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Featuring unique hand made, fair trade and ethically traded jewelry from artisans in Nepal, Peru, Tibet, Inda and the USA. Designs crafted from Sterling Silver, alpaca silver, semi-precious stones as well as simple seeds and beads from our friends in the Amazon. Find your unique look in a bracelet, pendant, necklace, earring or ring. You can even target your search by region or theme.
Designed to honor Huancayo, this blanket features a polychrome exuberance where contrasts result in mesmerizing harmonies. Completely hand-woven by the Yurivilca family, the blanket's colorful revelry is obtained through artificial dyes.rnrnSmall enough to be a lap robe, it is styled after the mantas, or cloaks worn in Ayacucho and sometimes used to carry babies.
Regular Price: $87.95
You Save: $29.96 (34%)
The Yurivilca Family takes their inspiration from Jauja, the first capital of colonial Peru located in Junín. Conjuring the array of wildflowers that bloom in spring, they weave a colorful wool throw. Red borders are cheerful and bright.
Small enough to be a lap robe, it is styled after the mantas, or "cloaks" worn in Ayacucho and sometimes used to carry babies.
Regular Price: $87.95
You Save: $37.96 (43%)
Weaving is an ancient tradition in the Andes, and handwoven Inca textiles were more highly prized than gold. Carrying on the legacy, Eliazar Ochoa creates an intricate cushion cover of dazzling beauty. His motifs are inspired by ancient Andean art, executed in a woolen palette of glowing warmth.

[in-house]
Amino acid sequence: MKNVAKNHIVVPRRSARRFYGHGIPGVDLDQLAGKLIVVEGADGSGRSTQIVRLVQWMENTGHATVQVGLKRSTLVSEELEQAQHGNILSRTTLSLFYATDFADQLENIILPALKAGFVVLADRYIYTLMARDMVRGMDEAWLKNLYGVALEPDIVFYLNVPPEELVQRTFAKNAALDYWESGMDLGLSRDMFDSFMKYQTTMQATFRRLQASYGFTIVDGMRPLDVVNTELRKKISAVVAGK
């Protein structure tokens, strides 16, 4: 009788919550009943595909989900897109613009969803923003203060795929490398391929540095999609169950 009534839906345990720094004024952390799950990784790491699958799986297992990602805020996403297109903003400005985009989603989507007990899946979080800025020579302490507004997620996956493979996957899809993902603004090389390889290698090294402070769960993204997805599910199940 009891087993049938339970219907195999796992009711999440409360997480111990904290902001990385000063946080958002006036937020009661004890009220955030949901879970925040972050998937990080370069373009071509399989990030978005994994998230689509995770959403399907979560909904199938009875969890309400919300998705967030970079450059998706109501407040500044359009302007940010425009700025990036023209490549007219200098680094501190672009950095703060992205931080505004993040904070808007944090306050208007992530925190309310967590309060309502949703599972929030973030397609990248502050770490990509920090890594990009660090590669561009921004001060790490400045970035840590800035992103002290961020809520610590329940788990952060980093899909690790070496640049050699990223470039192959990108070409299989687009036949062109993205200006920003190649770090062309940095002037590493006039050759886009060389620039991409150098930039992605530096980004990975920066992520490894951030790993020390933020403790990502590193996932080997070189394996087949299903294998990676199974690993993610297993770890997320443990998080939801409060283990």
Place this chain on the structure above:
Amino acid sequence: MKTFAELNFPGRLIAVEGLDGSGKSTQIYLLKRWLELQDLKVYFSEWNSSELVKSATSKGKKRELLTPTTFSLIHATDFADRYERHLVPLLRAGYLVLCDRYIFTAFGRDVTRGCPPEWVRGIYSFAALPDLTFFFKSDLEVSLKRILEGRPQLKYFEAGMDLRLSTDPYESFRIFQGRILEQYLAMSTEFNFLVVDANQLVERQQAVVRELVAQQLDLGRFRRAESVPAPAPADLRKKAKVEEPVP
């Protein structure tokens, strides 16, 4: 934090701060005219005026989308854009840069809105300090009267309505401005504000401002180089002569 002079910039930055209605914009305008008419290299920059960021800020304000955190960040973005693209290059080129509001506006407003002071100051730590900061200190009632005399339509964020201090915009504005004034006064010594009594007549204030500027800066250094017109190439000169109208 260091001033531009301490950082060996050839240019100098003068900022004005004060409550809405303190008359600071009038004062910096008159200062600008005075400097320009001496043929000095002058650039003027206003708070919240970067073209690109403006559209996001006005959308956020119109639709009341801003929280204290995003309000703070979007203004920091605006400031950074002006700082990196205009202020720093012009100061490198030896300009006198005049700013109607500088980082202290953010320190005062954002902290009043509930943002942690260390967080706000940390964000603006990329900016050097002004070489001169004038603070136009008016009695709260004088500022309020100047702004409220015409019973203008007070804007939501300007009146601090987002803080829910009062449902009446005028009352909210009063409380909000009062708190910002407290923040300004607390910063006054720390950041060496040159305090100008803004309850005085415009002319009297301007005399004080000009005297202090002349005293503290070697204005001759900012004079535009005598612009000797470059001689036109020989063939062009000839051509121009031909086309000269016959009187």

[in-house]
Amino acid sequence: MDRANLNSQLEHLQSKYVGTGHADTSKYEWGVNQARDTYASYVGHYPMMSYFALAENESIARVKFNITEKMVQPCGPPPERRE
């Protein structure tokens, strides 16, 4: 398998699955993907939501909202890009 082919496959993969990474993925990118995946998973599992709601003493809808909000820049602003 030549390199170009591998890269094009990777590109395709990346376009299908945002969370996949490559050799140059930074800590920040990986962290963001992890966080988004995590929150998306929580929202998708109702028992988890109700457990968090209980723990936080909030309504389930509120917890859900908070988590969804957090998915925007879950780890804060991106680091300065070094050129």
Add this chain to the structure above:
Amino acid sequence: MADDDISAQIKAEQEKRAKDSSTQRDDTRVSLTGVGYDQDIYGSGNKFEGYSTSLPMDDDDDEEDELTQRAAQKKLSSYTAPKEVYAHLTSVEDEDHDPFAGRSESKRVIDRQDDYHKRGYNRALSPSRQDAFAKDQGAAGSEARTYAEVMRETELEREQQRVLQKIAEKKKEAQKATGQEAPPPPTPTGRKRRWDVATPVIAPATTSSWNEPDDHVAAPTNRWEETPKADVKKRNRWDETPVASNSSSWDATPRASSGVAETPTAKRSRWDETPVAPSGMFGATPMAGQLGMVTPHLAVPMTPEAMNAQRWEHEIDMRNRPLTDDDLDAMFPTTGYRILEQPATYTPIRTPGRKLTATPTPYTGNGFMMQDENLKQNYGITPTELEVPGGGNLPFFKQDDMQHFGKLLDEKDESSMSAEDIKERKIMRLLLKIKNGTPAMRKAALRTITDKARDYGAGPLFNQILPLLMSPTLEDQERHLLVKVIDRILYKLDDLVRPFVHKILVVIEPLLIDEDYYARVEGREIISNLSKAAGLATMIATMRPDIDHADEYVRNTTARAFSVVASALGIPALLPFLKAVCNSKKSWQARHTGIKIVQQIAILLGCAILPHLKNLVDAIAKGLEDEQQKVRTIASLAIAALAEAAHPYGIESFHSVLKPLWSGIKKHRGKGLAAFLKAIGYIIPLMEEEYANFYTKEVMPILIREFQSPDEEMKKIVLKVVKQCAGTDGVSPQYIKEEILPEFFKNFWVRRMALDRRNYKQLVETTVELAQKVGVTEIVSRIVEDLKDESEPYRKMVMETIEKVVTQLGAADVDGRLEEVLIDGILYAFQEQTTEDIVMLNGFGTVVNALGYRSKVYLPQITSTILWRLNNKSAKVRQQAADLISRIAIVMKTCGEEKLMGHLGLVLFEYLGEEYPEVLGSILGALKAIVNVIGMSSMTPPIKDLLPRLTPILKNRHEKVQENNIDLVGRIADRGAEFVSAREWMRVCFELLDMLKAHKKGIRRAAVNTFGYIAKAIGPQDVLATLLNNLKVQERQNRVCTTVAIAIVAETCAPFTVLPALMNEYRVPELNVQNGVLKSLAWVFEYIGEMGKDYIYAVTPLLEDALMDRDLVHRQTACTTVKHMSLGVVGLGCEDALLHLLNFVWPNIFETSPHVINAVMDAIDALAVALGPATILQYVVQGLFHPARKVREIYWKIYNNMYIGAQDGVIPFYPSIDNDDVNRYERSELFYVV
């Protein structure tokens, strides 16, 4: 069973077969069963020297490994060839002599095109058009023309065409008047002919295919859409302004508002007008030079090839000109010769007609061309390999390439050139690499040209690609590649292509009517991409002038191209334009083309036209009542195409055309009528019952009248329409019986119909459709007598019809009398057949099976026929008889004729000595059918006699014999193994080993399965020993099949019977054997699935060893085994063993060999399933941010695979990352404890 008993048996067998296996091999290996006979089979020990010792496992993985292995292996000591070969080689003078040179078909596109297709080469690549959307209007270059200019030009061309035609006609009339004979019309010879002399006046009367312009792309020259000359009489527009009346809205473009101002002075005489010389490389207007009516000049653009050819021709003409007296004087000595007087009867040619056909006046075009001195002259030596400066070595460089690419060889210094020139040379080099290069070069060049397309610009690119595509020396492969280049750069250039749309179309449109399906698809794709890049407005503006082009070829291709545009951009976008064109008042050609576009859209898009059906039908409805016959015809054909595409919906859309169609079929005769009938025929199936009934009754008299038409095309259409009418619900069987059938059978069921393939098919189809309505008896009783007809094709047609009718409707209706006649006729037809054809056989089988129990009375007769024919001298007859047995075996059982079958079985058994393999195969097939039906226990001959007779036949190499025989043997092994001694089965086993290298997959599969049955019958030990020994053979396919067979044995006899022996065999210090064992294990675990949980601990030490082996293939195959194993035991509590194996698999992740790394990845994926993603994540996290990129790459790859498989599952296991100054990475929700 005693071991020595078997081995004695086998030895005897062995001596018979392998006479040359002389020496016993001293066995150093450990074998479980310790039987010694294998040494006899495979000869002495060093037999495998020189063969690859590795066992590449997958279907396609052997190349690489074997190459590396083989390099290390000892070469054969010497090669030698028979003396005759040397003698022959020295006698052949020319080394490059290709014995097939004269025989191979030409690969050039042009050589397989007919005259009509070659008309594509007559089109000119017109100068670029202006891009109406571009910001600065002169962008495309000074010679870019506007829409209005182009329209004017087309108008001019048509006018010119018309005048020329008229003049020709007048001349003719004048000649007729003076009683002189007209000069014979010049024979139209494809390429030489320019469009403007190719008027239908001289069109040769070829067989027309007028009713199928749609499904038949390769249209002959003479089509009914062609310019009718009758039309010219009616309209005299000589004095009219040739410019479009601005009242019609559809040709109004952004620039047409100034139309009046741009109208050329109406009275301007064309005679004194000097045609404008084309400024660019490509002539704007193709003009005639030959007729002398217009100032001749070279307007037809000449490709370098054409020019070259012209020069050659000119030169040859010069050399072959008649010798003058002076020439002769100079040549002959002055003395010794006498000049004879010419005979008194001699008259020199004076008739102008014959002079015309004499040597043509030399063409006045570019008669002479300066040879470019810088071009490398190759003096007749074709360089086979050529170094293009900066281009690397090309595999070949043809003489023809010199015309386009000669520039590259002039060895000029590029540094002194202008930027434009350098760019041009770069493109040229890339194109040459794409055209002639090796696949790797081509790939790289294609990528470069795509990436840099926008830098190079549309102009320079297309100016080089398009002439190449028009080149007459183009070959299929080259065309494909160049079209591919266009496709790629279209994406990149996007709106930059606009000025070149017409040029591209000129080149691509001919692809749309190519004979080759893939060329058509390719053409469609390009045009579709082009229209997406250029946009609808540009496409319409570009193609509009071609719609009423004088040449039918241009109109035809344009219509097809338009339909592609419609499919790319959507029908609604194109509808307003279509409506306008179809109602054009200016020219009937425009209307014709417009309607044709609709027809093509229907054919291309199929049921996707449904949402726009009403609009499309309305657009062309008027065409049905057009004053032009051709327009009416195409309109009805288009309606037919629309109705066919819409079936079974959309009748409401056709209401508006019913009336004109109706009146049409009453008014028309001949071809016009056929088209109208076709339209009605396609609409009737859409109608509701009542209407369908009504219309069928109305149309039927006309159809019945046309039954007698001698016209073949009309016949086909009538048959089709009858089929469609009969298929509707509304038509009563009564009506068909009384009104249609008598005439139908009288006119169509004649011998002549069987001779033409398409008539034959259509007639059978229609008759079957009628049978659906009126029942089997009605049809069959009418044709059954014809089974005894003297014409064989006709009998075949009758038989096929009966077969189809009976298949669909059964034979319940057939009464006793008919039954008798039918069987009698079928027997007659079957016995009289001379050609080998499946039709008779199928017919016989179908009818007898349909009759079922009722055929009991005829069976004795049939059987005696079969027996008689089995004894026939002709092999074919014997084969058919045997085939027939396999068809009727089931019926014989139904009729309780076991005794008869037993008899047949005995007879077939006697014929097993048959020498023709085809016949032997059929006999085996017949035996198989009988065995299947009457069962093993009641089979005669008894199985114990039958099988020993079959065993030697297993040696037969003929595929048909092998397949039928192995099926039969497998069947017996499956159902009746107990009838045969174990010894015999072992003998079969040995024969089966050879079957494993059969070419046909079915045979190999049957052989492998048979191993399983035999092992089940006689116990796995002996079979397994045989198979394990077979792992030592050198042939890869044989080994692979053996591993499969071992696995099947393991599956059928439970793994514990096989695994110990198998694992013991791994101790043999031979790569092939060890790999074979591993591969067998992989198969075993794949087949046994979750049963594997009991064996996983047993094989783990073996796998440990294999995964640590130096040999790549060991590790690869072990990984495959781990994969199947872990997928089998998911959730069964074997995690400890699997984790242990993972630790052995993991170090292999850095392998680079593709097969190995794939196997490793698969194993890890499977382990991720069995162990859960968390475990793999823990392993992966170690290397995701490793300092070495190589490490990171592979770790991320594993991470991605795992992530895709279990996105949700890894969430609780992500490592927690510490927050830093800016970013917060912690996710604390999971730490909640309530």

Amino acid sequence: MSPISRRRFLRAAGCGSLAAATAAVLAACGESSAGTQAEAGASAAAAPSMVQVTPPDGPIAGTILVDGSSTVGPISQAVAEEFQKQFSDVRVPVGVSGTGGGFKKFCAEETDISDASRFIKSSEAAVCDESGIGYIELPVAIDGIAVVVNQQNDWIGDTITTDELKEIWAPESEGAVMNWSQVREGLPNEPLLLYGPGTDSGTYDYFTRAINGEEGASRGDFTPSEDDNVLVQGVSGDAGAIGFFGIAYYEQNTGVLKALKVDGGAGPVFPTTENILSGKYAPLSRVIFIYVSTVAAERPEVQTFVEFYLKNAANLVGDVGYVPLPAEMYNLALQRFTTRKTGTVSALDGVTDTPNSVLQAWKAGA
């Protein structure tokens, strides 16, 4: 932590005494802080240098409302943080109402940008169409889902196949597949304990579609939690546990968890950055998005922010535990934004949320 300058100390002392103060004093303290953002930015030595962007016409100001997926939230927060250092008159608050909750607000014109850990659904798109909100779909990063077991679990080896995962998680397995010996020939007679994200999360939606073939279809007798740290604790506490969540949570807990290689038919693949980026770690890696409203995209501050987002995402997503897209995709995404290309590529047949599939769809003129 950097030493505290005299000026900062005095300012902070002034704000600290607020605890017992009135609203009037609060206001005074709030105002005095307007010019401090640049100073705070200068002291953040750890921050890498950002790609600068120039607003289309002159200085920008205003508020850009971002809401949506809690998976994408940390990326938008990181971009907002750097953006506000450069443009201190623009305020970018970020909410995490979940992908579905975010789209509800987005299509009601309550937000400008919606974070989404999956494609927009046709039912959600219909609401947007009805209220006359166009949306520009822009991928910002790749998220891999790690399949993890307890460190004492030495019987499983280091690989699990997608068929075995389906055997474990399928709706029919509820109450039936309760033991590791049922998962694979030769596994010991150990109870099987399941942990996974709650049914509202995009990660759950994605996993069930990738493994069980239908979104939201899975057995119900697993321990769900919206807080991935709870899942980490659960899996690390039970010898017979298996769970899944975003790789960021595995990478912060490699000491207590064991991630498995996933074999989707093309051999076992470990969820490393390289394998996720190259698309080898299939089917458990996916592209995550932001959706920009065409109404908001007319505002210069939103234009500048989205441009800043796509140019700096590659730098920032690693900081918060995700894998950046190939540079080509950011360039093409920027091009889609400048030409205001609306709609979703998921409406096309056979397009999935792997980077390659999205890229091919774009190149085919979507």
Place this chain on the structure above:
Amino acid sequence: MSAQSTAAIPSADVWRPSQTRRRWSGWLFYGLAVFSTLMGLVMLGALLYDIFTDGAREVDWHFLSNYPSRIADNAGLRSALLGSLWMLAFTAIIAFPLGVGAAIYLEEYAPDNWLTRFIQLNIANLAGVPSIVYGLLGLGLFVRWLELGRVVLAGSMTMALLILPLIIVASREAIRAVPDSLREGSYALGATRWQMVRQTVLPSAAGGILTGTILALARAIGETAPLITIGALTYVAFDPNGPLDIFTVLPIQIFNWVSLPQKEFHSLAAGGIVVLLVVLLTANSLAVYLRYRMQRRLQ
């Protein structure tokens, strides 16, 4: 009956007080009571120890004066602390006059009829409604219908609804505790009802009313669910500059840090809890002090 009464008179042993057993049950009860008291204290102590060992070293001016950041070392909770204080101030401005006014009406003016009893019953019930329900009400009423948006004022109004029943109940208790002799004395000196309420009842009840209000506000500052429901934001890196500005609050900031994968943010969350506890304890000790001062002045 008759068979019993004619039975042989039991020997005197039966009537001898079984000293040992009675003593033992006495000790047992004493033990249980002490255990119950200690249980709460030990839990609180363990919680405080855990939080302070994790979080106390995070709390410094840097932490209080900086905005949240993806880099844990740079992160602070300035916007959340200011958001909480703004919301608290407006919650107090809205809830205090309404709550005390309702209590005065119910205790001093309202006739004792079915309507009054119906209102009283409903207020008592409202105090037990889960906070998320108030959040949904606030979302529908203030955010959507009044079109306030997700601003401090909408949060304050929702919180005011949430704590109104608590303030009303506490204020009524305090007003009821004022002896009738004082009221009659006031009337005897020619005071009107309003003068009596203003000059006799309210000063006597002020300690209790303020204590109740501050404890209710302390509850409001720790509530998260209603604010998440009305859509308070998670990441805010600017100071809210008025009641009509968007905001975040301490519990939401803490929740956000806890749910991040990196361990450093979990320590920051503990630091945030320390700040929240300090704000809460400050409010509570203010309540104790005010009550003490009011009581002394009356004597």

Regular Price: $105.95
You Save: $38.00 (36%)
A soft lightweight and roomy woolen shawl is suitable as a lap throw too. Has a soft stretchy feel with a traditional woven line pattern. It is usually draped around and over the shoulders and chest or lay it across your lap when curled up with a good book. Twisted 3 inch yarn fringe on the ends. Take the chill off and get cozy. Choice of colors. Made in Nepal.
Woven by hand, these cushion covers are bold in dark brown, orange and tangerine. Designer W. Rojas Yuri works on the Andean handloom, using a soft blend of alpaca wool. He names his design Niñatay, meaning little girl in the Quechua language.